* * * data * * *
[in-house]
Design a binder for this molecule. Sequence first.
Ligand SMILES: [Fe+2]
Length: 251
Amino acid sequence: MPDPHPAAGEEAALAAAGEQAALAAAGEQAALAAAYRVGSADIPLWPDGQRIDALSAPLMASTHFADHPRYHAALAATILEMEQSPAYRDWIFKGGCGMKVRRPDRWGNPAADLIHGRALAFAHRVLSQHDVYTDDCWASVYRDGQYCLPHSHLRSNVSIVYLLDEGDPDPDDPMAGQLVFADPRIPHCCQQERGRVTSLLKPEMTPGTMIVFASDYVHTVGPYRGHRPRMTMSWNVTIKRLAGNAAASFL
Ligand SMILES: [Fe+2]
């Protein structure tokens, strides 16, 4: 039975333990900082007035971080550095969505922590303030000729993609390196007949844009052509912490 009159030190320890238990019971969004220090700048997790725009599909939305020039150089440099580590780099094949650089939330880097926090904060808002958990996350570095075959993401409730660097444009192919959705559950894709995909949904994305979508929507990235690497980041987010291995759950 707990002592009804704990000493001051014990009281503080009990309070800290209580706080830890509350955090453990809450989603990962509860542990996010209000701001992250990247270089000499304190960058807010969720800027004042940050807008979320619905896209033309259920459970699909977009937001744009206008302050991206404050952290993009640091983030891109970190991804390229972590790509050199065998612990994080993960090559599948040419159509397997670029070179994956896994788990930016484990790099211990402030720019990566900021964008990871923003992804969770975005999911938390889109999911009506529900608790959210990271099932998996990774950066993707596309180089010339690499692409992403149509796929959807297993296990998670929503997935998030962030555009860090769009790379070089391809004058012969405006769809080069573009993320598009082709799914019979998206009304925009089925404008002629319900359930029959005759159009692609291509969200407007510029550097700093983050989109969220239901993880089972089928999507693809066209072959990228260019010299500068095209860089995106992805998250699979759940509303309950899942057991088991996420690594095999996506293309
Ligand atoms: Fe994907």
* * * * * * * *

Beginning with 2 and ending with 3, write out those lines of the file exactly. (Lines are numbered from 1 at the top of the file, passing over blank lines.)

Design a binder for this molecule. Sequence first.
Ligand SMILES: [Fe+2]